Shelf Awareness for Readers for Friday, May 10, 2013

W. W. Norton & Company: The Iliad by Homer, translated by Emily Wilson

From My Shelf

James Patterson: Saving Lives

James Patterson needs no introduction as an author--he's an institution. But many may not know about his efforts to promote reading. We recently asked him about his literacy activities.

"The most touching moments at events have been when people come up to me, often close to tears, saying, You got my son reading, my husband reading, or my wife reading for the first time. I've been putting programs in motion to re-create a nation of people who love to read.

"Scholarships for college-bound kids to use towards books, for one. My website recommends the best kids' books, to make it easy for parents and educators to find them. I have teacher scholarships set up at various universities to ensure we're investing in people to teach our kids how to love books. Many schools don't have the money for books at all--kids who are at a critical age aren't getting hooked on reading when they should be. So I've been donating large quantities of books to public school systems across the country. We have to become a country that loves books again, or we're going to lose a crucial part of our culture."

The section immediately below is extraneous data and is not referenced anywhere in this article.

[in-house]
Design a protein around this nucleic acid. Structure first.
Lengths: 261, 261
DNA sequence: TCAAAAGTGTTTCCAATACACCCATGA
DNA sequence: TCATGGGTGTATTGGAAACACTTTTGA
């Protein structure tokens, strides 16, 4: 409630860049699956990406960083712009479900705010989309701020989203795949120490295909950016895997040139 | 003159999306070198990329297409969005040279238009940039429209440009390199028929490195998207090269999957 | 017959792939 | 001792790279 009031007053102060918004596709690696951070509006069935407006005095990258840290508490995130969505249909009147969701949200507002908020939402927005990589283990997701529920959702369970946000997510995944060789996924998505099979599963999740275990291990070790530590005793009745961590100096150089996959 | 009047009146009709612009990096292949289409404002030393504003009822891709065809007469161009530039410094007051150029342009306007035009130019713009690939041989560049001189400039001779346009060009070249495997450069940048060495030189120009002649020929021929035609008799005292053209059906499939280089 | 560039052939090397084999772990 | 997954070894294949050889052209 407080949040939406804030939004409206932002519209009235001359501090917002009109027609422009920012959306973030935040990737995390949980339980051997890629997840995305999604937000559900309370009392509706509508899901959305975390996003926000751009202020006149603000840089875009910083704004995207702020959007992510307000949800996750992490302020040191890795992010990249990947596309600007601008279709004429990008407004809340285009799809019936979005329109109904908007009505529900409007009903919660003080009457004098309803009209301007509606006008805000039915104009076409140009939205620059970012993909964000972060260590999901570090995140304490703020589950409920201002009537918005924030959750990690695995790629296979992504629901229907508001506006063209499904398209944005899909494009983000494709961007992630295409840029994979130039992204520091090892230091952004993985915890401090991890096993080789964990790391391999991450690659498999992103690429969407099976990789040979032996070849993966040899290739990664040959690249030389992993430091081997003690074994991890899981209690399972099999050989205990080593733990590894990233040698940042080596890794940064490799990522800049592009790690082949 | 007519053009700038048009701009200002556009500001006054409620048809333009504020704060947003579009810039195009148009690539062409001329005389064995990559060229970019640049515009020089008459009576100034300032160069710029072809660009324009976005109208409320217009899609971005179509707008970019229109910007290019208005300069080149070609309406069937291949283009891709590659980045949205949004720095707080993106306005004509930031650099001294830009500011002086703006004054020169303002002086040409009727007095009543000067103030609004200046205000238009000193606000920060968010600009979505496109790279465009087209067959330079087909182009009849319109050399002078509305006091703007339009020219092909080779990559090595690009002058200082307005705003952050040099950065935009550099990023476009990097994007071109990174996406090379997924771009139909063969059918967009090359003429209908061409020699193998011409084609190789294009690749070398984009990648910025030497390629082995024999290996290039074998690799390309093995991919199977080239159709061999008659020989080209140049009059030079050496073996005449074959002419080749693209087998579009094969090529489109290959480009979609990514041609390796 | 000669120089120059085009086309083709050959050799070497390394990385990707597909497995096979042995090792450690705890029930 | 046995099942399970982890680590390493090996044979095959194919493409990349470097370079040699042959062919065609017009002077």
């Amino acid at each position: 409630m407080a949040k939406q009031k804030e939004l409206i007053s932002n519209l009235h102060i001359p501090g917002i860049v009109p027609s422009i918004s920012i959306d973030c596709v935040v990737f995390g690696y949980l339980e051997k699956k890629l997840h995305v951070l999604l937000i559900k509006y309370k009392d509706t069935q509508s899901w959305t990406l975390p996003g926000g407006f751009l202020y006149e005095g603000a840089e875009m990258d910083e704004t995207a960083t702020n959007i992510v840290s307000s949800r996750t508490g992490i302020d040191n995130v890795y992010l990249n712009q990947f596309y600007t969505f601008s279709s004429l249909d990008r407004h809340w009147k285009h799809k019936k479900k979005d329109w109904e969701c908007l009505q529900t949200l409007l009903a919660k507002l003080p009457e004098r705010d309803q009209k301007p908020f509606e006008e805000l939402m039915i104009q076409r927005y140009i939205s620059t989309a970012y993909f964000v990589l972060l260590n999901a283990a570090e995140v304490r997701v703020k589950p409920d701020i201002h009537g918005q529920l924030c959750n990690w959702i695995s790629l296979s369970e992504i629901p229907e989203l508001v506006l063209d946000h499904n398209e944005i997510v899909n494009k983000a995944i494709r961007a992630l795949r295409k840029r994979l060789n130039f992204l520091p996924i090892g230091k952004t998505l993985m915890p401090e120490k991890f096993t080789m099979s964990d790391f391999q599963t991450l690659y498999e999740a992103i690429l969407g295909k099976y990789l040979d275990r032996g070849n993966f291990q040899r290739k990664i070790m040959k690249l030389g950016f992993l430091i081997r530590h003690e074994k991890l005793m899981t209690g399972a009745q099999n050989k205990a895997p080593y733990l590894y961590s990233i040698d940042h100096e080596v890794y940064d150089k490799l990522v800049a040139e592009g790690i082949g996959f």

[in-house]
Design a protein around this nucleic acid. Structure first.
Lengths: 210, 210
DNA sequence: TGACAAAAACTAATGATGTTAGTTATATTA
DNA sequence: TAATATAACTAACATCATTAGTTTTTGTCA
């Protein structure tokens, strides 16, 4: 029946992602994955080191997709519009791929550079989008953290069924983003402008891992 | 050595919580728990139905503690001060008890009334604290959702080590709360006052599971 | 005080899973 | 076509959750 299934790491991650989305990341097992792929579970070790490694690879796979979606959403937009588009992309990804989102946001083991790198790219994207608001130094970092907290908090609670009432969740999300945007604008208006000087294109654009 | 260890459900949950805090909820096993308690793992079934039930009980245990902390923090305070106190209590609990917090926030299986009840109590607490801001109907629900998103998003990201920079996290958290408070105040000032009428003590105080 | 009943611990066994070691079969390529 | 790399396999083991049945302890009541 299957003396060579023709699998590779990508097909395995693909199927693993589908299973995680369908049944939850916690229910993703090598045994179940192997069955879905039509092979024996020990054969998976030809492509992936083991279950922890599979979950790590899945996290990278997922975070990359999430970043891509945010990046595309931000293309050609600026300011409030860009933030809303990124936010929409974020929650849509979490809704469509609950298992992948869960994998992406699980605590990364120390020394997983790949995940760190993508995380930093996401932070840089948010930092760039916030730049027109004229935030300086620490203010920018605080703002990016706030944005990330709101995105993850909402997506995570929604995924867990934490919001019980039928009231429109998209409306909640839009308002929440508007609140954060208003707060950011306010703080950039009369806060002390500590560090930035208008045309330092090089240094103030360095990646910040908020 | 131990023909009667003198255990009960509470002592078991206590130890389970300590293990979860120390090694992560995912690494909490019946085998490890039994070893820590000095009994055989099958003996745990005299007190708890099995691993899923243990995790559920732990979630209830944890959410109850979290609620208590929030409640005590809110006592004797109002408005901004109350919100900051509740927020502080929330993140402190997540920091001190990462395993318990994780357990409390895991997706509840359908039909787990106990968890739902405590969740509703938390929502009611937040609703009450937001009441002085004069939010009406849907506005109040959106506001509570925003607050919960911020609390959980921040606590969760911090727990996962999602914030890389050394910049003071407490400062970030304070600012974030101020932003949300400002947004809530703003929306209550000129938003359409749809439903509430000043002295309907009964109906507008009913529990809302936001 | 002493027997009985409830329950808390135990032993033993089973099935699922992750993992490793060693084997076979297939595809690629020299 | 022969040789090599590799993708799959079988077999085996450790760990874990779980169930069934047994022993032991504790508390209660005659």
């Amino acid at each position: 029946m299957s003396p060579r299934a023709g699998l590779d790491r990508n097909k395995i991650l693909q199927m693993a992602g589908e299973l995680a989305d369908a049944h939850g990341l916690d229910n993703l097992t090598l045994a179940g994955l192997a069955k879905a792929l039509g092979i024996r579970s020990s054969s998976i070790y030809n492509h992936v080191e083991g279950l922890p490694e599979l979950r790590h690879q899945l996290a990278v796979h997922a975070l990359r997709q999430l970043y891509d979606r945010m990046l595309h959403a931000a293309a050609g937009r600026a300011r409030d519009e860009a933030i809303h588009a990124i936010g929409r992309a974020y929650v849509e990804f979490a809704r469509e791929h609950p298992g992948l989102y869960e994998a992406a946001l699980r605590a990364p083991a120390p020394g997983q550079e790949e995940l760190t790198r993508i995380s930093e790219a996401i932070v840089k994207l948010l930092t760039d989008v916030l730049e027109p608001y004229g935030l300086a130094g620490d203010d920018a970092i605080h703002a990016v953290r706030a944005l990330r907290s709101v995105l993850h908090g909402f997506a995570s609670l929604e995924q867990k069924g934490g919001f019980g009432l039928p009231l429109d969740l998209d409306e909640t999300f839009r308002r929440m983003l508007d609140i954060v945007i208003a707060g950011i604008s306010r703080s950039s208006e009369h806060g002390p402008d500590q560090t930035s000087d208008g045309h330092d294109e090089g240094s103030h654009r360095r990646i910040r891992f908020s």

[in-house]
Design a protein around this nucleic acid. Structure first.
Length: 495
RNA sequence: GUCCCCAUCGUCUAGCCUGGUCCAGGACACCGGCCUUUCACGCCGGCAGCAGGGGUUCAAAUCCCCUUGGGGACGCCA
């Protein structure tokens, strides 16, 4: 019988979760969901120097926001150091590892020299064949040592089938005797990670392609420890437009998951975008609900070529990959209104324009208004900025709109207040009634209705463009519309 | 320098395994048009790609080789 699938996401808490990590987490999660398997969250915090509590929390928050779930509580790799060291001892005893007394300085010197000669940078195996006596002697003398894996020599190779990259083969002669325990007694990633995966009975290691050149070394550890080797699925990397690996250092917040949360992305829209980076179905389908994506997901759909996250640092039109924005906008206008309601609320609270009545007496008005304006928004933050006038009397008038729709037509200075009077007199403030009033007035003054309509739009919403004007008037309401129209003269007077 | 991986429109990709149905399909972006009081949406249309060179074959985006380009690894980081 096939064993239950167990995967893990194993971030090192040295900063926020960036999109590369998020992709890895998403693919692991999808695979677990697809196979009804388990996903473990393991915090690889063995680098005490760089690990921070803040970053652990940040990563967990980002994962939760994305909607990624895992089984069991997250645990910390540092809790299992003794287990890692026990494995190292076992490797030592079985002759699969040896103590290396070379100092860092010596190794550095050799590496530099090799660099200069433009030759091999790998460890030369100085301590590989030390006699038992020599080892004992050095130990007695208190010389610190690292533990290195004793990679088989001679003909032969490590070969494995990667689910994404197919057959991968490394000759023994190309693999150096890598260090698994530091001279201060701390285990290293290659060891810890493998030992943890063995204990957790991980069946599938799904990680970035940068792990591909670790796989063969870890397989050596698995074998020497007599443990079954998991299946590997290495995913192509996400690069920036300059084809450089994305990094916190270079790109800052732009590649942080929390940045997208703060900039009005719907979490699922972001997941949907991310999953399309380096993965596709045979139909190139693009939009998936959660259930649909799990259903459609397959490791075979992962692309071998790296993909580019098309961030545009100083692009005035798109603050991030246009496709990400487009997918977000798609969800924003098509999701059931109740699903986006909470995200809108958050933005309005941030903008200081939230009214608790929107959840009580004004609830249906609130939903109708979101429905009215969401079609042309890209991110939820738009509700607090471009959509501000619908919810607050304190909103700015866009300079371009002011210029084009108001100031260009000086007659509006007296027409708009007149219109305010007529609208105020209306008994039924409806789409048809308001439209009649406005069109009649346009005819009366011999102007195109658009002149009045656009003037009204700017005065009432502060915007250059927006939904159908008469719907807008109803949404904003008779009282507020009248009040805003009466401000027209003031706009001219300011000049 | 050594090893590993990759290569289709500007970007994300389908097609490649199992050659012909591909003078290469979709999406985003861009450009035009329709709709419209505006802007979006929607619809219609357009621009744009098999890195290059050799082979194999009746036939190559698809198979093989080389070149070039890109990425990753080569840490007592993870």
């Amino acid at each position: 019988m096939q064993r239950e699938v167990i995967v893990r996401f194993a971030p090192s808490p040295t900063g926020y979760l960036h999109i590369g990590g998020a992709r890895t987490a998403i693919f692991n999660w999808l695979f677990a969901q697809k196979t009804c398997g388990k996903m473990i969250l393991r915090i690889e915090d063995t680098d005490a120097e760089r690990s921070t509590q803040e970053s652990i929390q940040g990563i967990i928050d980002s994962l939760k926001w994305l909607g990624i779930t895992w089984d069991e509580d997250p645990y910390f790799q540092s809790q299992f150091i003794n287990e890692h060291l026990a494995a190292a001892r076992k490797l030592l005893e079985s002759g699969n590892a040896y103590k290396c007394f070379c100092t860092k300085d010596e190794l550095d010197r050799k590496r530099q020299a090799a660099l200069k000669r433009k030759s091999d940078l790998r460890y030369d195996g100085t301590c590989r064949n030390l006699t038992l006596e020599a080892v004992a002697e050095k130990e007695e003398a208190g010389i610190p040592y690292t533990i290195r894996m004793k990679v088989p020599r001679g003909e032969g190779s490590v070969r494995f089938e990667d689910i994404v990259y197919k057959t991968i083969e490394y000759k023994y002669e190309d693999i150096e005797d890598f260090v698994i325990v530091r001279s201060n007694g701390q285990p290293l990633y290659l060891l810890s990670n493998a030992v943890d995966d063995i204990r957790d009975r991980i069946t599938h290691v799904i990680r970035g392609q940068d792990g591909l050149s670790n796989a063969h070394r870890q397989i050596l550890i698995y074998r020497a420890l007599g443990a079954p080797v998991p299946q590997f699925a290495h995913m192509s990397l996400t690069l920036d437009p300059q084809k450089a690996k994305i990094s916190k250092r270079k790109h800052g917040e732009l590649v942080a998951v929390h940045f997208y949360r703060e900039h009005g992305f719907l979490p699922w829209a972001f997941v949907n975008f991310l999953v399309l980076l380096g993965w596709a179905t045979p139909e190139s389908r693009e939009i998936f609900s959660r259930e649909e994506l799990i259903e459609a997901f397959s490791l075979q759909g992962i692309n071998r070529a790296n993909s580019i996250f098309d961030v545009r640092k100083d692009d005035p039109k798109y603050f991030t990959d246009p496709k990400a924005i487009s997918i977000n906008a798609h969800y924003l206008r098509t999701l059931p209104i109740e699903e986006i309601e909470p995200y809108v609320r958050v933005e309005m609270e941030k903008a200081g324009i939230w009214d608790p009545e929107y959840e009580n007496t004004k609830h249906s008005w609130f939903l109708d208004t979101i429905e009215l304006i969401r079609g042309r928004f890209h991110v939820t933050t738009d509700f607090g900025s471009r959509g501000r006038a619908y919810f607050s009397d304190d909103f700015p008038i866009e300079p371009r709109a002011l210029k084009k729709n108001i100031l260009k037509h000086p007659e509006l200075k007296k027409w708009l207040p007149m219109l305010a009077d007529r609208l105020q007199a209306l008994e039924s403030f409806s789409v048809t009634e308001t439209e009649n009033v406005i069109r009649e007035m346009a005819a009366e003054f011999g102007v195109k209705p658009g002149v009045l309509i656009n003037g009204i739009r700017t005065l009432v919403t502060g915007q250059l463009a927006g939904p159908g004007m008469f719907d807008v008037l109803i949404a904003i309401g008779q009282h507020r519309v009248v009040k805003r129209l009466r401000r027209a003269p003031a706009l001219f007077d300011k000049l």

What can readers and parents do? "Let's make reading cool, let's make it universal. Be louder. Say, we read in our house--don't you? People who aren't going out of their way to enjoy a book will realize, hey, I'm missing out here. People have got to realize how grave this problem is now, or we're in trouble. Putting a book into kids' hands, books those kids will actually like, will turn them from non-readers to readers. That's saving lives.